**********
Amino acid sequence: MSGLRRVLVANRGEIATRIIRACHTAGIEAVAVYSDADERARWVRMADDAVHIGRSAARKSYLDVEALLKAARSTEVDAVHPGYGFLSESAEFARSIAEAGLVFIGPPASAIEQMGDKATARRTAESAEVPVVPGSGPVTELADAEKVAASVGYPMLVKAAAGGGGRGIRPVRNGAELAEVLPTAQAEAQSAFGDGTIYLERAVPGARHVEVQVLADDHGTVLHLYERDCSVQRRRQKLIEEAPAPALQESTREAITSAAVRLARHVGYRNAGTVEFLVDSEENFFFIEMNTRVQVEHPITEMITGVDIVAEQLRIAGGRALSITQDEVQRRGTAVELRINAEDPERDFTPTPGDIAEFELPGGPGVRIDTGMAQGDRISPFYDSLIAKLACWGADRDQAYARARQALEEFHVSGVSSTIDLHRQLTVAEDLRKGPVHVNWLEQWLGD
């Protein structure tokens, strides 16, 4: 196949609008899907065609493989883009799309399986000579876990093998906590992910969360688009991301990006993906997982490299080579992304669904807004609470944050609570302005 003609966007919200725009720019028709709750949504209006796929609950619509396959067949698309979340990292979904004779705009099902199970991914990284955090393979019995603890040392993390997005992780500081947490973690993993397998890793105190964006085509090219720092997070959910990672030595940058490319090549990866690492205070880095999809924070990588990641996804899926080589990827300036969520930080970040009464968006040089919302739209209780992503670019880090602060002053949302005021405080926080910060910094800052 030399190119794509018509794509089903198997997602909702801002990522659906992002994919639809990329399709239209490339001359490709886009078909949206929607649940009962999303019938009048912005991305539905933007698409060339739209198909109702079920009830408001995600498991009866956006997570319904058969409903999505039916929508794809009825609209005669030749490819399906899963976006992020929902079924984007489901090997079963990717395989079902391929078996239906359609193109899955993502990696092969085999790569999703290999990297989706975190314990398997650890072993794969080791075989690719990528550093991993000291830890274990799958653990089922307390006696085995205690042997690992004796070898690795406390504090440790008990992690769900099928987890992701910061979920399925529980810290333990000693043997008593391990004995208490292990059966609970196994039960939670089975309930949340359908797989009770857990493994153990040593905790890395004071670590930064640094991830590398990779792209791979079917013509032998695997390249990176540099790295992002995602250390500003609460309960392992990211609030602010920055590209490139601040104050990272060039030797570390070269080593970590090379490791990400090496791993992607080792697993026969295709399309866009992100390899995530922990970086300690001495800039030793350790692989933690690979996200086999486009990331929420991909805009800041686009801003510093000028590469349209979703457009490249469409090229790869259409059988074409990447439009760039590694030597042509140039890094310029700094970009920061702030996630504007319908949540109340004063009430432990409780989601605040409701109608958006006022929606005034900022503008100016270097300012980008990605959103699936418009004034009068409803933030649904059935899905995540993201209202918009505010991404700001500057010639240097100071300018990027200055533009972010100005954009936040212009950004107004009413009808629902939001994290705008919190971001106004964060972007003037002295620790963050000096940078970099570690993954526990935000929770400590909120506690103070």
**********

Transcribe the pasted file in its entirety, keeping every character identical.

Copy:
Amino acid sequence: MSGLRRVLVANRGEIATRIIRACHTAGIEAVAVYSDADERARWVRMADDAVHIGRSAARKSYLDVEALLKAARSTEVDAVHPGYGFLSESAEFARSIAEAGLVFIGPPASAIEQMGDKATARRTAESAEVPVVPGSGPVTELADAEKVAASVGYPMLVKAAAGGGGRGIRPVRNGAELAEVLPTAQAEAQSAFGDGTIYLERAVPGARHVEVQVLADDHGTVLHLYERDCSVQRRRQKLIEEAPAPALQESTREAITSAAVRLARHVGYRNAGTVEFLVDSEENFFFIEMNTRVQVEHPITEMITGVDIVAEQLRIAGGRALSITQDEVQRRGTAVELRINAEDPERDFTPTPGDIAEFELPGGPGVRIDTGMAQGDRISPFYDSLIAKLACWGADRDQAYARARQALEEFHVSGVSSTIDLHRQLTVAEDLRKGPVHVNWLEQWLGD
């Protein structure tokens, strides 16, 4: 196949609008899907065609493989883009799309399986000579876990093998906590992910969360688009991301990006993906997982490299080579992304669904807004609470944050609570302005 003609966007919200725009720019028709709750949504209006796929609950619509396959067949698309979340990292979904004779705009099902199970991914990284955090393979019995603890040392993390997005992780500081947490973690993993397998890793105190964006085509090219720092997070959910990672030595940058490319090549990866690492205070880095999809924070990588990641996804899926080589990827300036969520930080970040009464968006040089919302739209209780992503670019880090602060002053949302005021405080926080910060910094800052 030399190119794509018509794509089903198997997602909702801002990522659906992002994919639809990329399709239209490339001359490709886009078909949206929607649940009962999303019938009048912005991305539905933007698409060339739209198909109702079920009830408001995600498991009866956006997570319904058969409903999505039916929508794809009825609209005669030749490819399906899963976006992020929902079924984007489901090997079963990717395989079902391929078996239906359609193109899955993502990696092969085999790569999703290999990297989706975190314990398997650890072993794969080791075989690719990528550093991993000291830890274990799958653990089922307390006696085995205690042997690992004796070898690795406390504090440790008990992690769900099928987890992701910061979920399925529980810290333990000693043997008593391990004995208490292990059966609970196994039960939670089975309930949340359908797989009770857990493994153990040593905790890395004071670590930064640094991830590398990779792209791979079917013509032998695997390249990176540099790295992002995602250390500003609460309960392992990211609030602010920055590209490139601040104050990272060039030797570390070269080593970590090379490791990400090496791993992607080792697993026969295709399309866009992100390899995530922990970086300690001495800039030793350790692989933690690979996200086999486009990331929420991909805009800041686009801003510093000028590469349209979703457009490249469409090229790869259409059988074409990447439009760039590694030597042509140039890094310029700094970009920061702030996630504007319908949540109340004063009430432990409780989601605040409701109608958006006022929606005034900022503008100016270097300012980008990605959103699936418009004034009068409803933030649904059935899905995540993201209202918009505010991404700001500057010639240097100071300018990027200055533009972010100005954009936040212009950004107004009413009808629902939001994290705008919190971001106004964060972007003037002295620790963050000096940078970099570690993954526990935000929770400590909120506690103070």